Getting a feel for Ida-Viru County's contrasts and diversity is important. The region is still too quick to earn stereotypical treatments elsewhere in Estonia that while not wholly wrong, nevertheless, do not reflect the reality in the county accurately, Erik Gamzejev writes in Vikerraadio's daily comment.
Legendary Ida-Viru County traveler and tour guide Enn Käiss, who passed away this fall, was convinced that tourism would put Ida-Viru County on the map already in the early 1990s. Back then, the authorities were convinced this was at best a fanatic's dream.
Indeed, the Kohtla-Nõmme mining museum, Kiviõli adventure center, several modern spas overlooking the Gulf of Finland and fancy manor hotels did not exist yet.
The summer Narva energy run or winter night run, adventure sport competitions leading across Ida-Viru bogs, industrial landscapes and rapids were not held.
There was no Jõhvi Ballet Festival, and the organizers of the Station Narva or Voice of the Hills (Mägede Hääl) festivals that have become true Ida-Viru landmarks by now were still attending school or kindergarten. Master of Saka Manor Tõnis Kaasik was still environment minister in Edgar Savisaar's government. The Jõhvi Concert Hall and the Vaba Lava did not yet exist.
By today, tourism has become one of Ida-Viru County's success stories. Despite having to overcome various setbacks and often fight for survival.
In a situation where Russian tourists are probably out of the picture for years, courtesy of their warlike president, Ida-Viru tourism leaders are making efforts to convince the Finns to visit Narva and the area around Lake Peipus, next to Tallinn. In eastern Finland, where Russian tourists have also disappeared, they are once again thinking about reopening the ferry link between Kotka and Sillamäe.
Ida-Viru tourism companies managed to attract an unprecedented number of domestic tourists by sticking together during the Covid years. For many, their trip was the first time to visit this corner of Estonia. It turned out there are still places to discover in our small country. Some even became addicted to Ida-Viru County.
New sites for adventure and exercise, hiking trails, cultural institutions, spas and restaurants have rendered Ida-Viru living environment more bountiful also for the locals, next to challenging the stereotypical view that the area offers little in the way of recreation.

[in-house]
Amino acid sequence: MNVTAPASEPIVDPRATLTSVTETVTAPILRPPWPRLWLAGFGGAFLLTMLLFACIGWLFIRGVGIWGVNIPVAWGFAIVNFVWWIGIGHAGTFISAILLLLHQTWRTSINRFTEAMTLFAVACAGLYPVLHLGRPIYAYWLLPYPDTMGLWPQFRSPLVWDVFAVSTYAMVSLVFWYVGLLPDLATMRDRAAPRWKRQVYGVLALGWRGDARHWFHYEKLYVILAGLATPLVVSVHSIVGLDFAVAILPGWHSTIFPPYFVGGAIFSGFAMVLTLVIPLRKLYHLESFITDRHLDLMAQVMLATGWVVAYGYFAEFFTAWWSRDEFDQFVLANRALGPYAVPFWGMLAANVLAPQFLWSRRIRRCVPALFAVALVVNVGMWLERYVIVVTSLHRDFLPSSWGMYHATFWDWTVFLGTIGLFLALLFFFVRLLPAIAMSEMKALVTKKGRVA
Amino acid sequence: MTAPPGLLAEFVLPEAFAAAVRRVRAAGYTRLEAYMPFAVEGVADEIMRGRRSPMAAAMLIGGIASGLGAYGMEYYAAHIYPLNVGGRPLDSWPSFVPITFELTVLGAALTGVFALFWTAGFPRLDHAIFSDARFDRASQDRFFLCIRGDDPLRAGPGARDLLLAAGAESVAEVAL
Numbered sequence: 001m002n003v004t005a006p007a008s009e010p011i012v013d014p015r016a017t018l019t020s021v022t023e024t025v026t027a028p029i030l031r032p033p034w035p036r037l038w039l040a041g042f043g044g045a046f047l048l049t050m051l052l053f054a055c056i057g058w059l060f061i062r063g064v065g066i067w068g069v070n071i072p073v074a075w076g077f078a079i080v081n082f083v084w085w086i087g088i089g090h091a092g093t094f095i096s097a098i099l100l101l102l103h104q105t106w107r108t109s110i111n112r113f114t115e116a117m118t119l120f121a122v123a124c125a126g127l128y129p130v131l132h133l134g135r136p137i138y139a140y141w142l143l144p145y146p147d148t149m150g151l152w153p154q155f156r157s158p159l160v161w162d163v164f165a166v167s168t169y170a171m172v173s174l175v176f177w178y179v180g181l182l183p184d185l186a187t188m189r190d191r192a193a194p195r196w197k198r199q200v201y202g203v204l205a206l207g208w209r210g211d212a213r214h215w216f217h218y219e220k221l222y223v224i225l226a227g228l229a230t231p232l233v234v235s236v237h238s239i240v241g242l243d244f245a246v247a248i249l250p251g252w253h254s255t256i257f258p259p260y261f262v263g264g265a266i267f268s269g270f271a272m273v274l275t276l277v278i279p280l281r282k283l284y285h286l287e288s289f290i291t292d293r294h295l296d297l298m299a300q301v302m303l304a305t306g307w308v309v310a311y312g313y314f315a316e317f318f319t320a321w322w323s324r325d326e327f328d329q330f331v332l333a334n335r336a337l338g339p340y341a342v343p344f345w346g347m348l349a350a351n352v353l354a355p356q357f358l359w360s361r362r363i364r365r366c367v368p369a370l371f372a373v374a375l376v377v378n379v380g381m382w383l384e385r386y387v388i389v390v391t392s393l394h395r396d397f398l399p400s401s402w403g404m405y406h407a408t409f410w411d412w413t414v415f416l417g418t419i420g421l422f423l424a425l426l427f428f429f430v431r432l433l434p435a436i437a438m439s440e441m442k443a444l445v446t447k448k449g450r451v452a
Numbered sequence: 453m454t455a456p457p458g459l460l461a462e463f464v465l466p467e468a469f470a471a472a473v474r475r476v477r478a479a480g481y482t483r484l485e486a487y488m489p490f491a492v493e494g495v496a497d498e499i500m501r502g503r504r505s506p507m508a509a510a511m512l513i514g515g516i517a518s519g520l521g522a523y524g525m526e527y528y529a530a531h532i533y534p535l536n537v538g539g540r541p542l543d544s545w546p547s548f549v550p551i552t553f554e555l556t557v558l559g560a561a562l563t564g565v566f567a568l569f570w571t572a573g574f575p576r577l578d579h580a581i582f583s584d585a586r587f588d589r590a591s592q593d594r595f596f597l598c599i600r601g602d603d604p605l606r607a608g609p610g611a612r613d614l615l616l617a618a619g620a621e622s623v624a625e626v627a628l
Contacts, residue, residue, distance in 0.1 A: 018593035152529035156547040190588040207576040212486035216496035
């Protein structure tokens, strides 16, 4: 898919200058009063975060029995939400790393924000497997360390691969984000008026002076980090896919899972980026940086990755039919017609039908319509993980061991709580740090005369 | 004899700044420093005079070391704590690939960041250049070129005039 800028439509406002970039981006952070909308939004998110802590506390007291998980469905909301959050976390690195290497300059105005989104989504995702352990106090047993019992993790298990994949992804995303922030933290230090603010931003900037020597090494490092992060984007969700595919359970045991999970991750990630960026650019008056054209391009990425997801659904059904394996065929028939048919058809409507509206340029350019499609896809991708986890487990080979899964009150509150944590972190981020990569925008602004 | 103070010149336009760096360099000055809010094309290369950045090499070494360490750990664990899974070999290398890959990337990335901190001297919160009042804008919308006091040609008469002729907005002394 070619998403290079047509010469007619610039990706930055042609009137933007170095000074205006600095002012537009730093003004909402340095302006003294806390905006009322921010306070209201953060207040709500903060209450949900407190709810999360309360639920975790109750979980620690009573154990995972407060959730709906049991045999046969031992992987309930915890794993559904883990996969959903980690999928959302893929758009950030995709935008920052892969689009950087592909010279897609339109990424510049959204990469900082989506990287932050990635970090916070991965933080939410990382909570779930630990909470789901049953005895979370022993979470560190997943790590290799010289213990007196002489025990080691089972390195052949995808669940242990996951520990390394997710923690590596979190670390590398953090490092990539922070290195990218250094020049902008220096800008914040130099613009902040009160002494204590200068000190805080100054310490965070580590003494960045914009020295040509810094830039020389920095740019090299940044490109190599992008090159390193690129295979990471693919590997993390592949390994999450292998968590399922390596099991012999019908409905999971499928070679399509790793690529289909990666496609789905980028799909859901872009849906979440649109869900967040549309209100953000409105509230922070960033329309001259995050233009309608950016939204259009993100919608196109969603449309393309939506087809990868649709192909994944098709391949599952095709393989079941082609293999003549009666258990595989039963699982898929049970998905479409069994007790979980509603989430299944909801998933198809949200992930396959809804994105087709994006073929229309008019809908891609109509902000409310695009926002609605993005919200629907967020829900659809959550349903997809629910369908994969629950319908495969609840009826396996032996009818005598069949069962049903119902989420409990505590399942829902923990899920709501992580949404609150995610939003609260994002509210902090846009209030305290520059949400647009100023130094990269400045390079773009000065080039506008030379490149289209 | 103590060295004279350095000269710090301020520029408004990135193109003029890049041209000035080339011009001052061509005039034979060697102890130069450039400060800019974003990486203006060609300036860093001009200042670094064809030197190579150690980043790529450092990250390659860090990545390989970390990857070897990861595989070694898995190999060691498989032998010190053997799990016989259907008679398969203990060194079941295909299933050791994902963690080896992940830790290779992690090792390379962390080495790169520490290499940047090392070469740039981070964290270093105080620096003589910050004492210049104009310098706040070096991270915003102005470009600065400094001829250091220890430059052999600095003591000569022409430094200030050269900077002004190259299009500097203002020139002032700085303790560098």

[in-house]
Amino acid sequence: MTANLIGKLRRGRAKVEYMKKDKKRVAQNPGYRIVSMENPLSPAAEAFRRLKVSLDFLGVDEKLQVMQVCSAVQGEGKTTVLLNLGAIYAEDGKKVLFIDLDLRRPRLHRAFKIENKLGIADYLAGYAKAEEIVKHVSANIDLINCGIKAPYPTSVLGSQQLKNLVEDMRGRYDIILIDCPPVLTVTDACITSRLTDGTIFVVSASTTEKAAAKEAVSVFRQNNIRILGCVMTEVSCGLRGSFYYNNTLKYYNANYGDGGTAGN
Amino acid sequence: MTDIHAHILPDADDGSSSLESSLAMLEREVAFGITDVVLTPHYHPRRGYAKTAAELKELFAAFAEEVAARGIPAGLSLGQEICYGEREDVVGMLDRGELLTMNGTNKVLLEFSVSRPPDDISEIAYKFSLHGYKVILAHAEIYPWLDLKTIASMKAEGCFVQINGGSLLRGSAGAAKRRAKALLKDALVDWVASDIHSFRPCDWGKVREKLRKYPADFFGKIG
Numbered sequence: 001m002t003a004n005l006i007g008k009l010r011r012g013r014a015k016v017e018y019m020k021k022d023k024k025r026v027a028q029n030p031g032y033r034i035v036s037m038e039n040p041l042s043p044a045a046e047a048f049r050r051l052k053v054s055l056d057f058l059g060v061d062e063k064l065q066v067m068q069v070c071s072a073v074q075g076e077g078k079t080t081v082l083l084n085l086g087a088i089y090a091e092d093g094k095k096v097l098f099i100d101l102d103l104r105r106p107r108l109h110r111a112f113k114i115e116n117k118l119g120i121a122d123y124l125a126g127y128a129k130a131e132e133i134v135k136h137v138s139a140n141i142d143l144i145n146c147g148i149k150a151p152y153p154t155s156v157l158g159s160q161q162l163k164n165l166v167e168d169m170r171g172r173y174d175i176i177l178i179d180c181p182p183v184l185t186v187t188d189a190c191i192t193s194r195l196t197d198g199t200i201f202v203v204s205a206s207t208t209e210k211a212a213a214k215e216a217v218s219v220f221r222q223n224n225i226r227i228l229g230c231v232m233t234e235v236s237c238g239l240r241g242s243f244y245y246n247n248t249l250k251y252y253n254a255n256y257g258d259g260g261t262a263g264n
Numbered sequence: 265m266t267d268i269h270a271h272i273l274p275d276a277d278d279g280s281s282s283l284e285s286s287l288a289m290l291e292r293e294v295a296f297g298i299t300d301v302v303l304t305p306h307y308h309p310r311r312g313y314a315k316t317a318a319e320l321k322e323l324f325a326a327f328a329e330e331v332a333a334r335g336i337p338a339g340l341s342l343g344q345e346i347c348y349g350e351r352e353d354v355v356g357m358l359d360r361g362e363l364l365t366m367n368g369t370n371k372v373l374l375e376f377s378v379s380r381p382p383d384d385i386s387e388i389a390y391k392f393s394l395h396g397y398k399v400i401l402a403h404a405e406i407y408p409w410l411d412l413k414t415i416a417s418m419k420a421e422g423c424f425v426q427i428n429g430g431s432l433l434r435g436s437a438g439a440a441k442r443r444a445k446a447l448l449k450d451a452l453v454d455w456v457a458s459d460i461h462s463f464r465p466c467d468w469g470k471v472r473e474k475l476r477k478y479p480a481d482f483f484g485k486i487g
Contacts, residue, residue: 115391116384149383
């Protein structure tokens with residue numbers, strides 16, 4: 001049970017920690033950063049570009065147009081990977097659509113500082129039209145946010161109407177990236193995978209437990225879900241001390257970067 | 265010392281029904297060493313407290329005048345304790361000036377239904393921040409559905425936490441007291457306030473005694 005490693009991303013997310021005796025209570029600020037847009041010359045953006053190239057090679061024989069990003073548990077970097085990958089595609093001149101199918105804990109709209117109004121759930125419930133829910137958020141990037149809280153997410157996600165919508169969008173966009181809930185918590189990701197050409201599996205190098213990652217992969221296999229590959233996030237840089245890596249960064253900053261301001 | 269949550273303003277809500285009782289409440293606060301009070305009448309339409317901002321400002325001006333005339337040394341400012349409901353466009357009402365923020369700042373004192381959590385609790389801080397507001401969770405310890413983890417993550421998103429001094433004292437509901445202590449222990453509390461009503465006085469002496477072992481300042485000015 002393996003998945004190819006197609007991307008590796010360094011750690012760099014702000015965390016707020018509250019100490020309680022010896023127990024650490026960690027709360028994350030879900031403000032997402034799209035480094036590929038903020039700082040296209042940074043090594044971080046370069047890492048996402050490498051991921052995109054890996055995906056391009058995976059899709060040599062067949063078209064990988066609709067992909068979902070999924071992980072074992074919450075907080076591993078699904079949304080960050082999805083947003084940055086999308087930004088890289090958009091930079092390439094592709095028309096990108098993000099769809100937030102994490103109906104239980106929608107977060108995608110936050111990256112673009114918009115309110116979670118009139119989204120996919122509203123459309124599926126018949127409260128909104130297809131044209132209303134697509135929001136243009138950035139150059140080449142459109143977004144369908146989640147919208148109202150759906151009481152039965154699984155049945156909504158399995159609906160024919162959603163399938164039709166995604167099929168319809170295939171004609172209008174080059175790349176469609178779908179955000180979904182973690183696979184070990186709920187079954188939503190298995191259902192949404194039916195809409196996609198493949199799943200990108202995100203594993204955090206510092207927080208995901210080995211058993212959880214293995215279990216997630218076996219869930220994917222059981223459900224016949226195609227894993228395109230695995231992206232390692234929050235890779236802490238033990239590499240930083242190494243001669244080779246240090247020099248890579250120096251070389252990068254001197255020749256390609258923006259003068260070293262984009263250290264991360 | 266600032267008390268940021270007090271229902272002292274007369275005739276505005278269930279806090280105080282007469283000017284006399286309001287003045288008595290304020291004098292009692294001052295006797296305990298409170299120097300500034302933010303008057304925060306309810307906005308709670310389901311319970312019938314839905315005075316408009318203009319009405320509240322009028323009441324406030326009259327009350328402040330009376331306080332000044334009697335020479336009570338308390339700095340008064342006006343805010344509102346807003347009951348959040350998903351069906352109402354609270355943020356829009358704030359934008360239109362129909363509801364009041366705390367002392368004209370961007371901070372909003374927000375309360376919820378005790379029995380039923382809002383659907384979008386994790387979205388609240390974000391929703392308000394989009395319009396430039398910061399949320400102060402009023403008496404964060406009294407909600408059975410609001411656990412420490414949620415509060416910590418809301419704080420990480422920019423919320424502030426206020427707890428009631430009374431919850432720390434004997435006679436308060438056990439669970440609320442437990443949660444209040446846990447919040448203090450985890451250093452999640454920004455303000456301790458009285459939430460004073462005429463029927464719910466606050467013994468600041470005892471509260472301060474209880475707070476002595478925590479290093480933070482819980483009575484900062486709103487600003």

Enn Käiss found 30 years ago that Ida-Viru County should not be labeled a shock tourism destination, which opportunity was offered by the ruins of Soviet industrial complexes, ash plateaus or quarries. Rather, we should highlight Ida-Viru County contrasts and the region's singularity. A place where industrial and natural landscapes, as well as different cultures and peoples exist side by side.
Enn believed Ida-Viru County should be shown as an area that is important for all of Estonia. As a tour guide, he used to tell people coming to see the oil shale waste rock hills of the mines that because almost everyone in Estonia has participated in creating the hills as an electricity consumer, they can take home their share of waste rock...
Getting a feel for Ida-Viru contrasts and diversity is just as important today. The region is still too quick to earn stereotypical treatments elsewhere in Estonia that while not wholly wrong, nevertheless, do not reflect the Ida-Viru reality accurately. One such simplified notion is that Ida-Viru County is a purely Russian region and home to poor people who harbor ill sentiment toward the Estonian state.
It would be good to know that the county's roughly 130,000 residents include 25,000 Estonians. This is more than the total populations of Põlva, Lääne or Hiiu counties. And even though Ida-Viru residents include supporters of [Russian President Vladimir] Putin, they number at least as many in Tallinn. At the same time, many Ida-Viru County Russians who have put their children in an Estonian school and are great Estonian patriots at heart quite justifiably feel vexed when they are lumped in with Putinists.
The rate of unemployment is higher in Ida-Viru County than in any other Estonian county at 11.3 percent. This has been the case at very short intervals for the past quarter century. At the same time, data from the Unemployment Insurance Fund suggests Ida-Viru County has more jobs offering above average salary than most other counties. Oil shale mines, after carrying out sweeping layoffs in previous years, are once again looking for employees, as are new circular economy businesses.
The relative poverty rate is high in Ida-Viru County, whereas its average gross salary tends to be in the more successful half of Estonian counties.
This is due to miners and power company workers making well above the national average wage. Well-paid public sector jobs also play a part: law enforcement, medics and teachers. Teachers giving lessons in Estonian making one and a half times what teachers elsewhere in Estonia earn starting from the next academic year is also sure to contribute to the general wage level. Traders and service providers have what to go after in Ida-Viru County.
Tourism, cultural and sporting events have brought Ida-Viru County closer to the rest of Estonia, while many stereotypes still need to be busted. There is no better way to do that than turning up, seeing for oneself and talking to the people.
Editor: Marcus Turovski